College savings funds are taking a hit as families make efforts to accommodate tightened budgets, according to a Sallie Mae survey.
The survey, commissioned by college lender Sallie Mae and conducted by Gallup, is the second annual study looking at ‘How America Saves for College‘. It takes an in depth look at Americans across different demographics such as age, ethnicity and class standing.
College Savings Decreased
The lone bit of good news from the survey was the 7% year-to-year increase in parents who named saving for their kids’ college as their top savings priority. Although families view saving for college as a top priority, other figures show the opposite:
- When asked the likelihood of your child attending some form of college those that answered ‘very likely’ decreased by 3% from 2009. There was a 2% increase in ‘very unlikely.’
- Those who intended on contributing all or most of their savings to college costs also decreased by 1% and 6%, respectively, while those planning on contributing none increased by 1%.
- In terms of race and ethnicity and intended contribution to college expenses, Hispanic families saving for college took the biggest hit. Hispanic families showed a 23% increase in the ‘little’ section and a 10% decrease in the ‘all’ section.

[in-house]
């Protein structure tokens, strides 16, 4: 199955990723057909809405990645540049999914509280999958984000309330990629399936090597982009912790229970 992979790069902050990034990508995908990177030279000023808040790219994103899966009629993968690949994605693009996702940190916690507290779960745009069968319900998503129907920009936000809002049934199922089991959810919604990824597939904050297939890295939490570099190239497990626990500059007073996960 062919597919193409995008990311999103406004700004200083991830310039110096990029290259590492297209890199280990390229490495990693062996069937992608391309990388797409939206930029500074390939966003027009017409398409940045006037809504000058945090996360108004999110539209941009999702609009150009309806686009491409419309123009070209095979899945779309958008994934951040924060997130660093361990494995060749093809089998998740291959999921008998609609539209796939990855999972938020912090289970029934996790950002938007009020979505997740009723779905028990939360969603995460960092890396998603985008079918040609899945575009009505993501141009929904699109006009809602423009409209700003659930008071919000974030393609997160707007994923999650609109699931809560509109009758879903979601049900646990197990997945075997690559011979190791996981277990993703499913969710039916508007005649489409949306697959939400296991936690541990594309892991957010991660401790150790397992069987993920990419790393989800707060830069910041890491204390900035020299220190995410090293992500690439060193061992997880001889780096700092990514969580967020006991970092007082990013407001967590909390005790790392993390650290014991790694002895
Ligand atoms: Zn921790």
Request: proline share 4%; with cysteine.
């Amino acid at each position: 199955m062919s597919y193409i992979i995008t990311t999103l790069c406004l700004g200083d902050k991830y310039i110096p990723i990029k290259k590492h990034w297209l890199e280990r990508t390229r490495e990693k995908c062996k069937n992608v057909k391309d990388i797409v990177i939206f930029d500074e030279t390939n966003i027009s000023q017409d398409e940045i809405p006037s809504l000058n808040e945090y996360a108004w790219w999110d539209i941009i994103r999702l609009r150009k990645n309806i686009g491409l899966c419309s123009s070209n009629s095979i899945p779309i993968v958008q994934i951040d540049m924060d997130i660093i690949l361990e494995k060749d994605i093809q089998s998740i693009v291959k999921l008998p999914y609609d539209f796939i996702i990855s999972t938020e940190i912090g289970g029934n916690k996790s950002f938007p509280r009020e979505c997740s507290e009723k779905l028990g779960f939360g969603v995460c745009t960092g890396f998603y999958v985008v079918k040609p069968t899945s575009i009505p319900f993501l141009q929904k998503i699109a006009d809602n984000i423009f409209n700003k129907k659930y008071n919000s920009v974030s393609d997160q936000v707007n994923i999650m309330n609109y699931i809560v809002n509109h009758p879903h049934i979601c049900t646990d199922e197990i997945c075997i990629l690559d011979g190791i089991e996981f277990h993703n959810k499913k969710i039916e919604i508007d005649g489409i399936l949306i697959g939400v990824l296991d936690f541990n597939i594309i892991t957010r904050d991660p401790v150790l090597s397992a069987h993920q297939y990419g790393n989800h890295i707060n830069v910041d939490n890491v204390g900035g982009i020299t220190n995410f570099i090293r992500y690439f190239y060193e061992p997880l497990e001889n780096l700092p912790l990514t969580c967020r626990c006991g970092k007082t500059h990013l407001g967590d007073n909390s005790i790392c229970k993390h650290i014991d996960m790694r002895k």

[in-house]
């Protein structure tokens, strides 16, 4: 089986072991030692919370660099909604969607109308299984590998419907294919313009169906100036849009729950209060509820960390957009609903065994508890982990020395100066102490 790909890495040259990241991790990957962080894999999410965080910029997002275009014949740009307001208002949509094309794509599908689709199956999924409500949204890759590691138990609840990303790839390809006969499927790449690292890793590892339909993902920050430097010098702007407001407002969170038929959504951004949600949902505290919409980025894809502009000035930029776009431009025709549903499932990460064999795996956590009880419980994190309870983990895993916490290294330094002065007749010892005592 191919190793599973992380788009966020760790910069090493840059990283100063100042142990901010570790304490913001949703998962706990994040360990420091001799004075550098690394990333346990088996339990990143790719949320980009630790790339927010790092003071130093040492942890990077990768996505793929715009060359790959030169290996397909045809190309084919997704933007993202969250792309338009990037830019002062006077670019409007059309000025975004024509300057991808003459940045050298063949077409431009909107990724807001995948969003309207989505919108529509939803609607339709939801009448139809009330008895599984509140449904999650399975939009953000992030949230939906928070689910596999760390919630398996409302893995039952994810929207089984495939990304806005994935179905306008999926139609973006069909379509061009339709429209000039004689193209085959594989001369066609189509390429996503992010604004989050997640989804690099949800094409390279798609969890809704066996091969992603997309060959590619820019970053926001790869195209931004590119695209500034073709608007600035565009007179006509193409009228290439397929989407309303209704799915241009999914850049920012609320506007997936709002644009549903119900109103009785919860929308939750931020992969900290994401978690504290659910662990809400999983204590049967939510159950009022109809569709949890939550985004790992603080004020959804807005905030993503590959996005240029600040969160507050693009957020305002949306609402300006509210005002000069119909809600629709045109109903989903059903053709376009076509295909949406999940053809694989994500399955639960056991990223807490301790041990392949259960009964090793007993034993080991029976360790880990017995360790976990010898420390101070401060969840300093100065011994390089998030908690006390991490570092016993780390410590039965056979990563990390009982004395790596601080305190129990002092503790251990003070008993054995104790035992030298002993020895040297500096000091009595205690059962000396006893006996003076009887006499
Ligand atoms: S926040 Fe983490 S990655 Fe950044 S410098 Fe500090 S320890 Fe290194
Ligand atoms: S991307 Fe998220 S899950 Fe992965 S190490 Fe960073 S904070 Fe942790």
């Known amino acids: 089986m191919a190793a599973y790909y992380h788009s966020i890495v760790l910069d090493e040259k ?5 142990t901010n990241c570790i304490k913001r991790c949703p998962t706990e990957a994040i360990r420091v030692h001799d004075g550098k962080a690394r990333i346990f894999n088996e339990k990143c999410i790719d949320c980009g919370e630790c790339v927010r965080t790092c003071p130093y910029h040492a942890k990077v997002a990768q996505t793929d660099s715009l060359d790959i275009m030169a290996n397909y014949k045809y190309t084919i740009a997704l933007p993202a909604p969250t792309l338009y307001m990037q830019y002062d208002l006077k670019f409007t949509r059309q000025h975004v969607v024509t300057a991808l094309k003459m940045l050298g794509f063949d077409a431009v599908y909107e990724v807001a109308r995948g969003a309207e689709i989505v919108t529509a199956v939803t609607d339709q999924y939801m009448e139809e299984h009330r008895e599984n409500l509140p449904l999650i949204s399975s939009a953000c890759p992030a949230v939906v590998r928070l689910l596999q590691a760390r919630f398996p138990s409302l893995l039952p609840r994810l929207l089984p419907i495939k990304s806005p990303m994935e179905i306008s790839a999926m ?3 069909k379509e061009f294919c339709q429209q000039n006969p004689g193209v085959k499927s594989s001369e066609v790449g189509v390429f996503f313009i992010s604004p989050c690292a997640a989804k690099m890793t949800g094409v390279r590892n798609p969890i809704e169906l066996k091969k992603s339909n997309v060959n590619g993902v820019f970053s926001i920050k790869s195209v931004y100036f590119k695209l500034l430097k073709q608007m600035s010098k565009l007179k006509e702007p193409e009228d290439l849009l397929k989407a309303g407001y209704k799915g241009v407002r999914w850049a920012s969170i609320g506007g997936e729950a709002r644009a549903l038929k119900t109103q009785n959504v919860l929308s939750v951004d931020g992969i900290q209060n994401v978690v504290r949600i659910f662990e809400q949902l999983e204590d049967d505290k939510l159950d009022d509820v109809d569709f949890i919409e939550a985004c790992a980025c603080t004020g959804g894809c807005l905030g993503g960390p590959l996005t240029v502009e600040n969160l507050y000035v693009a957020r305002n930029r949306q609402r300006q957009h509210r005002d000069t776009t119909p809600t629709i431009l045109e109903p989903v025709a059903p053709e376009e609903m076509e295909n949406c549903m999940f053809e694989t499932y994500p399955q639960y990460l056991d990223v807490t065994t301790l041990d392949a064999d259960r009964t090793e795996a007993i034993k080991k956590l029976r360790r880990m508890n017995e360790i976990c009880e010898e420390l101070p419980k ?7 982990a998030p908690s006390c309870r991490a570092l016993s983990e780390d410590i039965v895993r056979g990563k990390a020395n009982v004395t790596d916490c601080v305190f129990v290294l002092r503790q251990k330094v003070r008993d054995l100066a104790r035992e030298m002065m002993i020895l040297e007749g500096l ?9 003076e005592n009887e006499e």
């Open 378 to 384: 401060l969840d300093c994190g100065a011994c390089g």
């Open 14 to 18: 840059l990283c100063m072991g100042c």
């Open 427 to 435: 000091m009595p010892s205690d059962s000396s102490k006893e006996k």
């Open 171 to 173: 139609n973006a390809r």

- One of the most troublesome figures of this survey shows that the number of families not saving for college doubled since 2009. This does not necessarily mean that a child of a family that isn’t saving will not be able to attend college, but it does mean that child will most likely have debt out of school and more of a struggle while in college.
College costs are clearly taking their toll on everyone from children to parents, and the fragile state of the U.S. economy is not helping. Sallie Mae’s study also showed parents are resorting to taking money out of their retirement funds in order to help pay for their kids’ education costs. This is a risky move considering the tax penalties and fees that can come with early withdrawals.
College is still a top priority for most families, and although the costs seem burdensome there are ways to prepare. It is important to start saving early and even more important to start planning early. By beginning to plan early you will be more familiar with all your savings options and can even look into investment plans.